With a digital-native generation reaching adulthood, events might have to get more interactive to adapt. Also: a culture problem you might be facing.
Interactivity is already a big deal for meetings, especially those focused on trying to win over younger audiences.
But that problem is about to get much more pronounced, Skift’s Jaimie Seaton points out in a new article.
Here’s the gist: With gen Z—a generation only slightly smaller than millennials—quickly reaching adulthood, interactivity is going to quickly become a requirement, in no small part because younger generations have spent their entire lives surrounded by the kind of technology older generations only picked up on later in life.
That said, the use of interactivity can’t be forced, Red Velvet Events President Cindy Lo tells Seaton.
“Here’s the funny thing about gen Z and even millennials; if it looks like you’re trying too hard it won’t work,” Lo told the publication. “When we are meeting with clients to talk about conferences, before we even begin we ask them a lot about their company culture and what their values and goals are, so we can align it with the event.”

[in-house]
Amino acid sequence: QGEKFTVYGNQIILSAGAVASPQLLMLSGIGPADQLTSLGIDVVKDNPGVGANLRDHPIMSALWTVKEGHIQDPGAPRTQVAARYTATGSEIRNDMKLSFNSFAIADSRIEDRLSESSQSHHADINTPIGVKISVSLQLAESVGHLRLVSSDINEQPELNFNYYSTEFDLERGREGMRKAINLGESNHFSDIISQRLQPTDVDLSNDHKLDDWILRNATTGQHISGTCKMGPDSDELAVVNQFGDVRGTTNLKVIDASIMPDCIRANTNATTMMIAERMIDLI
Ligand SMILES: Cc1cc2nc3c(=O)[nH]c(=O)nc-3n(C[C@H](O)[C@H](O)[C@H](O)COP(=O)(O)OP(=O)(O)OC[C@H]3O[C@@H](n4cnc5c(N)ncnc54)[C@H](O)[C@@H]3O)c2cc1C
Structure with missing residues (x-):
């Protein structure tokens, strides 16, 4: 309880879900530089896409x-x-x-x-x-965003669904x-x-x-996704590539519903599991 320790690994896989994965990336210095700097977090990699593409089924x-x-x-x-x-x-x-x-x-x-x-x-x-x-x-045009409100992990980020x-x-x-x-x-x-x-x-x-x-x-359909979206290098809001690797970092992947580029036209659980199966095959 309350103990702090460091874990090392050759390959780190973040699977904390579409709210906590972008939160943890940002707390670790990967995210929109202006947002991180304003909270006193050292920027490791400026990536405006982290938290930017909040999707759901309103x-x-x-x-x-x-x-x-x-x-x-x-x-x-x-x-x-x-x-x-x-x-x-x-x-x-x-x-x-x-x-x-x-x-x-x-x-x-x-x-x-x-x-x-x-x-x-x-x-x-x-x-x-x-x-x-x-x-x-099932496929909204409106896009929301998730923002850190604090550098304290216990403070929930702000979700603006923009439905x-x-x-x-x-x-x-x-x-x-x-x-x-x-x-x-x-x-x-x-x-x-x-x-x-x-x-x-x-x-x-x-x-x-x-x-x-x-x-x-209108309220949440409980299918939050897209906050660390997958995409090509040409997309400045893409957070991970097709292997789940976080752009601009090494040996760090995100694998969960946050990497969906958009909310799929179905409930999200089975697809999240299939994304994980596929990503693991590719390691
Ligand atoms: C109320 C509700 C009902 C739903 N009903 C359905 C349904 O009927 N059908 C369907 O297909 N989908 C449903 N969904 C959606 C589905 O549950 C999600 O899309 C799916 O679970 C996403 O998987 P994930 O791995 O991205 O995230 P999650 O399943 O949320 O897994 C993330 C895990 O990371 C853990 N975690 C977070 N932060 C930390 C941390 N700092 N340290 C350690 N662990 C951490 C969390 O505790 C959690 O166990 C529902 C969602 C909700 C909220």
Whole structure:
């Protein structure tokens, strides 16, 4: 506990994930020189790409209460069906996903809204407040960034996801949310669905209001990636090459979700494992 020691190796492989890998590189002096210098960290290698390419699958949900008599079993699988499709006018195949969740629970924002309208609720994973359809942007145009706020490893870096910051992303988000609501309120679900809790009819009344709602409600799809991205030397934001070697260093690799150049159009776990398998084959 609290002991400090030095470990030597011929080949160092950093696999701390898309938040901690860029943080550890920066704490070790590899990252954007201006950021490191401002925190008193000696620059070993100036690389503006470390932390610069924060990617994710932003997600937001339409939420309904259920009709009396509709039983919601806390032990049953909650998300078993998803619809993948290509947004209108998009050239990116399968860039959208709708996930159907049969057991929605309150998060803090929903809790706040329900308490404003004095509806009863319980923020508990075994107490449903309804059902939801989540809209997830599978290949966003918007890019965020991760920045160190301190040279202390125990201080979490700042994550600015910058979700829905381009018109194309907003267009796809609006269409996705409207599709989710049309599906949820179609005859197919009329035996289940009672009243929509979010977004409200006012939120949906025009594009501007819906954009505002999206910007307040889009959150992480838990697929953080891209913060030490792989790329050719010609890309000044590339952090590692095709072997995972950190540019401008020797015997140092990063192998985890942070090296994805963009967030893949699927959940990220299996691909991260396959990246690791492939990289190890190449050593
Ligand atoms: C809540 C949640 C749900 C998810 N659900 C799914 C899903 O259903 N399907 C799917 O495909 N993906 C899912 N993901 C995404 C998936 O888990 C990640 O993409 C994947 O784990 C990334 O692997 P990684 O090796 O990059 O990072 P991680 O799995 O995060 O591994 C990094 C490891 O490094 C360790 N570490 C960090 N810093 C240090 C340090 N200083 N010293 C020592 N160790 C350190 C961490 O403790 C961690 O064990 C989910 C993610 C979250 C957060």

So, in other words, more interactive, but not too interactive, so as not to seem forced. Got it?
What Culture Eats
— Talent Anarchy (@TalentAnarchy) August 25, 2017
Familiar with the phrase “culture eats strategy for breakfast”?
It’s a commonly made point about how the wrong culture can break down the right strategy, and it’s one WorkXO’s Jamie Notter disagrees with. But Notter does see culture eating something else: innovation.
“In today’s age of disruption, everyone’s talking about the need for innovation, but too often it stops right there—at talk,” Notter writes in a recent blog post.
Check his post to learn how cultural problems might hamper your innovation efforts.
Other Links of Note
Two-factor authentication is a good way to protect your account, but it’s not foolproof on its own, as journalist John Biggs recently learned. Lifehacker has a guide on strengthening your mobile security.
Find the language around association management systems confusing? Delcor has a glossary of terms to help clear things up. You might want to bookmark this one.
Perhaps too much optimism isn’t a good thing. Mashable’s Aaron Orendorff makes the case against always seeing the glass half-full.